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Just been reading your entries with interest. Can someone summarise what the current agreed understanding is? From what i can garner:
1) SGA_MAX_SIZE is set so that you can dynamically change SGA_TARGET as per need, upto the SGA_MAX_SIZE.
2) Some OS, know that the difference between SMS and ST, is free memory and hence allocates that memory to other resources. Is this clever or dangerous, what if you change the SGA_TARGET to higher amount? Can someone list the OS's that actually do this?
3) If SGA_MAX_SIZE is not set, what will be the affect on 10gR1 database, can you still dynamically set SGA_TARGET (if you have the memory available)?
Thanks guys (great reading by the way!)
3) If SGA_MAX_SIZE is not set, what will be thehttp://download.oracle.com/docs/cd/B19306_01/server.102/b14231/create.htm#sthref376 >>
affect on 10gR1 database, can you still dynamically
set SGA_TARGET (if you have the memory available)?
If you do not specify SGA_MAX_SIZE, then Oracle Database selects a default value that is the sum of all components specified or defaulted at initialization time. If you do specify SGA_MAX_SIZE, and at the time the database is initialized the value is less than the sum of the memory allocated for all components, either explicitly in the parameter file or by default, then the database ignores the setting for SGA_MAX_SIZE.
2) Some OS, know that the difference between SMS andSo far the only system support this seems Solaris with DISM
ST, is free memory and hence allocates that memory to
other resources. Is this clever or dangerous, what if
you change the SGA_TARGET to higher amount? Can
someone list the OS's that actually do this?
OK, I know I'm necroing a post that first started over a year ago, but I have not been able to find a more recent post on this topic of this quality.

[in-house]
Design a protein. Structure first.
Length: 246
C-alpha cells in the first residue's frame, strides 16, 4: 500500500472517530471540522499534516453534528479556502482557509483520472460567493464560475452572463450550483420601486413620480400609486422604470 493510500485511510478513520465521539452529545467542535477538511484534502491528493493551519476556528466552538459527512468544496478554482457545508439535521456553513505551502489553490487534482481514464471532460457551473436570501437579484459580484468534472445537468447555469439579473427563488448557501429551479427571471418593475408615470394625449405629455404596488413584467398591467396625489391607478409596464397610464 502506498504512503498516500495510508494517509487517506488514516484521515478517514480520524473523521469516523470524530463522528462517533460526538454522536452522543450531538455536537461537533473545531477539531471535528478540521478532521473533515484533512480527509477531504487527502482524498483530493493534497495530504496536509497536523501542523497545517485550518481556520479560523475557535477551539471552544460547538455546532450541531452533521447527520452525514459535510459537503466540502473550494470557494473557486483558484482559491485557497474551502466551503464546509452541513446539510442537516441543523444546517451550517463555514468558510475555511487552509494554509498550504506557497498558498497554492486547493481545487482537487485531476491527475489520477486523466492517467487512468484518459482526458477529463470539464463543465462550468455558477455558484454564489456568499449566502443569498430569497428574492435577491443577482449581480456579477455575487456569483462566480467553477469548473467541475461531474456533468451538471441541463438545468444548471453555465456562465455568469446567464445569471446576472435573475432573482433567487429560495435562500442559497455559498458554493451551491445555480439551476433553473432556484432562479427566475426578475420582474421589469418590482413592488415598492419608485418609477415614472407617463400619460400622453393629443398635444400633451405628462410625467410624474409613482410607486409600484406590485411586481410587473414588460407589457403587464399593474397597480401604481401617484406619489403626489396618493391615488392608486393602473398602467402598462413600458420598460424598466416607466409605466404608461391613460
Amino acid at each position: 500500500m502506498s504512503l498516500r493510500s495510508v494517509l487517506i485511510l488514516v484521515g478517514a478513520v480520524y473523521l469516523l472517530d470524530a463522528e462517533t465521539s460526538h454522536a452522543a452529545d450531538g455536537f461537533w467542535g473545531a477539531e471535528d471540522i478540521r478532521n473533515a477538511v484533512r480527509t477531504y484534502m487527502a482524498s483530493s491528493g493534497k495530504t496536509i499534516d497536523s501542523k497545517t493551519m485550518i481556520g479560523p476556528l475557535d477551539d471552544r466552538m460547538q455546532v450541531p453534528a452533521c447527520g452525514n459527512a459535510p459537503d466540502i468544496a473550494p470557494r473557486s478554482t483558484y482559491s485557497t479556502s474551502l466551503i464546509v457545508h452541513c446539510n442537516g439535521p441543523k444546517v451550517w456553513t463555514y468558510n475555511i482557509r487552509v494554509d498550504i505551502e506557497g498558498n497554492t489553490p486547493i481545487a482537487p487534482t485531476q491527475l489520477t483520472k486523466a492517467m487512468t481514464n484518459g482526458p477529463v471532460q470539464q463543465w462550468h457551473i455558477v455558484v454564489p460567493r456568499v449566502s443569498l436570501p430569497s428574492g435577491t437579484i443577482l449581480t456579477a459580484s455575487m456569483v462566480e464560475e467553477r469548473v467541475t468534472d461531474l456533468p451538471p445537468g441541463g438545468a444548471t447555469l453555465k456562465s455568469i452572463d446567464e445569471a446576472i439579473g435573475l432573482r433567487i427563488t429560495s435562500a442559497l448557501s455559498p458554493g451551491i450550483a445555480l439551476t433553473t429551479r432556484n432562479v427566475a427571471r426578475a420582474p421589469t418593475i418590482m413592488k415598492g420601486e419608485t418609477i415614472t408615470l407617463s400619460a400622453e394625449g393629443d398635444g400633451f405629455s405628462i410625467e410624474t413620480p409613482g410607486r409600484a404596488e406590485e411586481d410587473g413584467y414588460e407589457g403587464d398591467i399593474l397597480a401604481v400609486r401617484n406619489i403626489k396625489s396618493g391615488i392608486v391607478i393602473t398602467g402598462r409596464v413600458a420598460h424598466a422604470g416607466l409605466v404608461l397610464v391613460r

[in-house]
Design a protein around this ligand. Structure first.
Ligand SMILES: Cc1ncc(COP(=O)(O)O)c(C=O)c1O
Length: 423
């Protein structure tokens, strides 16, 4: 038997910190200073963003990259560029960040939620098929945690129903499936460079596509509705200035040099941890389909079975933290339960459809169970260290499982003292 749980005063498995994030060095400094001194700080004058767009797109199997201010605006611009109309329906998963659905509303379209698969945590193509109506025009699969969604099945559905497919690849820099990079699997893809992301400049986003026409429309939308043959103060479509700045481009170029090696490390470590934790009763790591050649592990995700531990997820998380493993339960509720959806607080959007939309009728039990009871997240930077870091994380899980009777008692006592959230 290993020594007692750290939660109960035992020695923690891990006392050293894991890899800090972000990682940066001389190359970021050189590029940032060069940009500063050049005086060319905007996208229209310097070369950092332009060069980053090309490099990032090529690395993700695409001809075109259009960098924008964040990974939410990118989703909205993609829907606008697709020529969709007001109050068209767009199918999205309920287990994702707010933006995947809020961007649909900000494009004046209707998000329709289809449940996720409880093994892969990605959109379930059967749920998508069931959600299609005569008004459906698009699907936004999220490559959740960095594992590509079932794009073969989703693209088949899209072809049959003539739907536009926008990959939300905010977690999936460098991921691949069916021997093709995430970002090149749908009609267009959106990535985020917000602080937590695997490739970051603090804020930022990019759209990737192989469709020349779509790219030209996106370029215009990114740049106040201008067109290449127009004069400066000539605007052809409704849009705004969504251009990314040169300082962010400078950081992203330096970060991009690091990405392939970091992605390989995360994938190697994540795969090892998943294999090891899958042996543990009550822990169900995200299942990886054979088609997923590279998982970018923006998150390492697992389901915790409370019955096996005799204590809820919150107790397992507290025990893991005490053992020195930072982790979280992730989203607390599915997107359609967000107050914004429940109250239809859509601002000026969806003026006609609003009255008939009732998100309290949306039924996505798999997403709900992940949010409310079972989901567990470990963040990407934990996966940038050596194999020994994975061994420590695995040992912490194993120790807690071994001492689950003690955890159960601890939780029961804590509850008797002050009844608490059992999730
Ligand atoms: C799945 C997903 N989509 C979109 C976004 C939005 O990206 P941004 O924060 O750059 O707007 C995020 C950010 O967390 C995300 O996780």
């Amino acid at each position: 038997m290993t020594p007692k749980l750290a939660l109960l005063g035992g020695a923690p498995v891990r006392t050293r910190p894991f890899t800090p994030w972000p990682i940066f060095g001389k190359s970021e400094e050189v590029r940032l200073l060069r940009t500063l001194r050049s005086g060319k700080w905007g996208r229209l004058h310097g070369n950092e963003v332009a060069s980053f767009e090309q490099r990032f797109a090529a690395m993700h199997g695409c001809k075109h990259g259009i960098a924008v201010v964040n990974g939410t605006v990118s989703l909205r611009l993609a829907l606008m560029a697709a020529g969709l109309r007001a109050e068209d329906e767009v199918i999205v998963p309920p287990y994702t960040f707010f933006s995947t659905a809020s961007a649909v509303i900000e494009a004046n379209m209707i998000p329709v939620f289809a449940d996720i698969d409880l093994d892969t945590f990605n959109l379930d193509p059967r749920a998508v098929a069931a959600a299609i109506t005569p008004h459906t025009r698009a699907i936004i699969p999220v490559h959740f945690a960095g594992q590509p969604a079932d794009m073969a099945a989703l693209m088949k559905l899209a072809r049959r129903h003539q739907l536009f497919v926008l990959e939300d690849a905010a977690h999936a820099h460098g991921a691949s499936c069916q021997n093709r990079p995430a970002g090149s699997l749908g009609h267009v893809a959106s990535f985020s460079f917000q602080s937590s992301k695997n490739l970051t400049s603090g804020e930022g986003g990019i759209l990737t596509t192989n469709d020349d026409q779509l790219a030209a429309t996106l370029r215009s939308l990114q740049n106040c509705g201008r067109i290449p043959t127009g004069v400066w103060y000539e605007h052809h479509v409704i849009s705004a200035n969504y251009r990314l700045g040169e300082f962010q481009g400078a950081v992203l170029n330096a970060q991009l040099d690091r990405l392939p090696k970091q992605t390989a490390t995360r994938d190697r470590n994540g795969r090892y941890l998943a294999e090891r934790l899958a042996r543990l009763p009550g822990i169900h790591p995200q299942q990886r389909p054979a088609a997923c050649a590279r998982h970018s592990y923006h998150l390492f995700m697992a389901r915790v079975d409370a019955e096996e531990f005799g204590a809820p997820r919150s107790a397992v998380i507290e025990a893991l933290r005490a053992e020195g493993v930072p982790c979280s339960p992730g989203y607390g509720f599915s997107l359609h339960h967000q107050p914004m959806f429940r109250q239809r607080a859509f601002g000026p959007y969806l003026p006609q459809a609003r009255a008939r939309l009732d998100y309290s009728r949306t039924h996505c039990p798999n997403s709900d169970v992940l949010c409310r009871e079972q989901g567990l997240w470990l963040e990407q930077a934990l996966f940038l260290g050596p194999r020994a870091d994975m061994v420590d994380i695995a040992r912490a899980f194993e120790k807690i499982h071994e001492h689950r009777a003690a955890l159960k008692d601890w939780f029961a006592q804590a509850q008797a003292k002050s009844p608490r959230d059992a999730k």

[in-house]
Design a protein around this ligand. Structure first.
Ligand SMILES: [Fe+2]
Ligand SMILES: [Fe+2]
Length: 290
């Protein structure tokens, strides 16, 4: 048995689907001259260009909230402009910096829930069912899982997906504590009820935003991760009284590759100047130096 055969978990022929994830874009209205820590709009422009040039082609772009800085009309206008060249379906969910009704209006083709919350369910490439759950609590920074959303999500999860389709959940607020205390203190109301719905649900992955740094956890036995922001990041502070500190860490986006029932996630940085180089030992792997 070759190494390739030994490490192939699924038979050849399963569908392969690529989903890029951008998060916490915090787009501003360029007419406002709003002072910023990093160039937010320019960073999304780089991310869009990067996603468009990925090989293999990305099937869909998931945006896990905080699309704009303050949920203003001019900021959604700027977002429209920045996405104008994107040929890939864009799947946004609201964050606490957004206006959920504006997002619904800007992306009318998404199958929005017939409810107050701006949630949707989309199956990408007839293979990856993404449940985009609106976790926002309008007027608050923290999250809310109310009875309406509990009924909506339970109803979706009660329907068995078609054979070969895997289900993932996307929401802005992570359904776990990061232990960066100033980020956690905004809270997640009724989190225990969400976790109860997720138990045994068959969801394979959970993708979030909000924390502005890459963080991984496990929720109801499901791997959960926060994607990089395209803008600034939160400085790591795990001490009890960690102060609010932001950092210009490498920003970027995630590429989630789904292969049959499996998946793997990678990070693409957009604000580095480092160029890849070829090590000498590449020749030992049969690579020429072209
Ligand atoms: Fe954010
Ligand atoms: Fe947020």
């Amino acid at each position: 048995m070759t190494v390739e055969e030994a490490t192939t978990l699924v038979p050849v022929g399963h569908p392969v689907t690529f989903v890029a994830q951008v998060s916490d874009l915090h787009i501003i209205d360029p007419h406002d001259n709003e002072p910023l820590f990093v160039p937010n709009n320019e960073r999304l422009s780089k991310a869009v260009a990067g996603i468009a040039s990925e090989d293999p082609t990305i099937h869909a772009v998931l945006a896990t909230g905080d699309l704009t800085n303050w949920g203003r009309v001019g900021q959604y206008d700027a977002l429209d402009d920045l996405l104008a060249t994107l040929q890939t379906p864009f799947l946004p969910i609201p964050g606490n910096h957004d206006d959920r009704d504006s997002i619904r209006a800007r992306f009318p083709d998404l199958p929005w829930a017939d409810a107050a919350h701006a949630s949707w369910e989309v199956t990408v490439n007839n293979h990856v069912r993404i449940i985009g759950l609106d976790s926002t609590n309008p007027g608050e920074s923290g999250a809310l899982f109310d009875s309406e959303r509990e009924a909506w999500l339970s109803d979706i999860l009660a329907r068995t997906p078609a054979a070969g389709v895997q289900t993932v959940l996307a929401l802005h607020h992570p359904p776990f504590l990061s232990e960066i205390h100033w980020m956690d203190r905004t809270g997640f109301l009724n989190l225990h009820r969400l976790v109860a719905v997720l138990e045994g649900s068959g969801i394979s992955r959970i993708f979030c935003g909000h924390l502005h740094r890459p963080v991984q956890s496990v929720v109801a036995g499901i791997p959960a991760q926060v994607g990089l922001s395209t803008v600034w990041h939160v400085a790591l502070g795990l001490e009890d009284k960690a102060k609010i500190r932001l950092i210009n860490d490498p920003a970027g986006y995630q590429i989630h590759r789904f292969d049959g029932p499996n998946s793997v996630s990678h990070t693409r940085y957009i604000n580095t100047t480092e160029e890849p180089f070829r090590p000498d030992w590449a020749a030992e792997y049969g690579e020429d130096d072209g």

I have recently had to adjust the memory allocation on a Linux server running 3 Oracle 10gR2 databases. Memory was over committed and the server was experiencing heavy swapping under load. Restarting the databases at this time would be politically difficult.
I adjusted the sga_target values for all 3 databases, reducing them all to fit within the physical RAM of the machine (along with all the other stuff running on that server). Swapping reduced dramatically and became minimal/normal. The amount of space allocated on the swap device remained the same.
My conclusion is that while the extra memory (ie. SGA_MAX_SIZE - SGA_TARGET) may be still "allocated" by the operating system, since it is not being used any more it has been swapped out and is sitting there on disk happily idle. This is just a theory, I'd love to experiment a bit more and will do so on a test system when I have time. The whole question of what "allocating" means is also interesting.
Now, having inactive memory sitting in the swap is not an ideal situation to be in, its certainly a lot better than having active memory in swap. There could also be situations where there is a need for this type of configuration (for example in the first reply to the original question).
Having come across this thread on a link from another thread ... and not having read all the postings in this thread ...
How do you check the memory usage on your RH Linux server ? Using "top" or "vmstat" ? How do you differentiate between paging and swapping -- that was occurring when the aggregate SGA_TARGET exceeded physical RAM ?
A very helpful post indeed. This was too old but thought of updating it anyways.
I recently came across this problem in our Oracle 10.2.0.4 database running over Solaris 10. Swap Space utilisation was indeed high when SMS > ST on Solaris. Setting SMS = ST resolved the high swap utilization.
Below Metalink Docs have the details and recommendations:
*Solaris Server Using Excessive Swap Space When There is Plenty of Free RAM [ID 761960.1]*
*Solaris[TM] Operating System: DISM double allocation of memory [ID 1010818.1]*